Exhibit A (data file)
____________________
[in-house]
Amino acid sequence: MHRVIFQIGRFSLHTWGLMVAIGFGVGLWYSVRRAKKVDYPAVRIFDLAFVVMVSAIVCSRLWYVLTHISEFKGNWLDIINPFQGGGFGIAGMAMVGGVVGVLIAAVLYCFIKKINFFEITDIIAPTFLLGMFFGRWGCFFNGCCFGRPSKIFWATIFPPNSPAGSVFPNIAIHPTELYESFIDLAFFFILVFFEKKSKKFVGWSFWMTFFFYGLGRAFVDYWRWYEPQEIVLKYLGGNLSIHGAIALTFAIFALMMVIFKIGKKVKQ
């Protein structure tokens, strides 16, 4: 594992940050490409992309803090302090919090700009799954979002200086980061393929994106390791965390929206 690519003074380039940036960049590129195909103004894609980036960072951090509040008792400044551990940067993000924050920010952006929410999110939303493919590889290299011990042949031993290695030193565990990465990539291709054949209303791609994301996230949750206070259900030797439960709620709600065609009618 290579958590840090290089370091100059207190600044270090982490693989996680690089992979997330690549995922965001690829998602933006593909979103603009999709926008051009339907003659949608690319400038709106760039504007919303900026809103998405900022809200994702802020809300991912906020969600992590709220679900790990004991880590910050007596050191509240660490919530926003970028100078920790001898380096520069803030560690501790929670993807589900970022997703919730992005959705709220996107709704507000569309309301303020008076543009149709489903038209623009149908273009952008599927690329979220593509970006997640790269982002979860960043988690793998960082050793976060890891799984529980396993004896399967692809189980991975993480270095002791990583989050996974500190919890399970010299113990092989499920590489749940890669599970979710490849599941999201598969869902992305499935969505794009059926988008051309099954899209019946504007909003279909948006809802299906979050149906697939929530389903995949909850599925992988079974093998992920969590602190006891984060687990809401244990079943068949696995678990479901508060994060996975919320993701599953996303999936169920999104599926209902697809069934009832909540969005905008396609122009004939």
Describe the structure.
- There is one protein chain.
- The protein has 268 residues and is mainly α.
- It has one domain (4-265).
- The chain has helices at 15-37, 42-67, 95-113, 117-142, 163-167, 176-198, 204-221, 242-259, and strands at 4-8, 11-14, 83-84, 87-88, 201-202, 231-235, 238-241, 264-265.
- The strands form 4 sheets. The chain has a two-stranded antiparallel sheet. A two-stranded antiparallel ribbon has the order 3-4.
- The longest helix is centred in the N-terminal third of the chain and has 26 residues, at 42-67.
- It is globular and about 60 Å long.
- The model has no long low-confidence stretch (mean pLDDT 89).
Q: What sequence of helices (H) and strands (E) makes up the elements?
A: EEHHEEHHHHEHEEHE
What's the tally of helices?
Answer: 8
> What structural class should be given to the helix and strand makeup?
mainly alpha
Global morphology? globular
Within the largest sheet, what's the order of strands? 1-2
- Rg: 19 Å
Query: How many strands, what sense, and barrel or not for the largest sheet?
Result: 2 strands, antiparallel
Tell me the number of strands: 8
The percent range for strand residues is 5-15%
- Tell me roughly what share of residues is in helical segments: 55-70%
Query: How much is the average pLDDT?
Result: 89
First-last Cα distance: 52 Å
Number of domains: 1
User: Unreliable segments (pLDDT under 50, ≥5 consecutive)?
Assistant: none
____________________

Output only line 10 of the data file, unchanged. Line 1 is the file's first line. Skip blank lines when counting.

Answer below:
- The longest helix is centred in the N-terminal third of the chain and has 26 residues, at 42-67.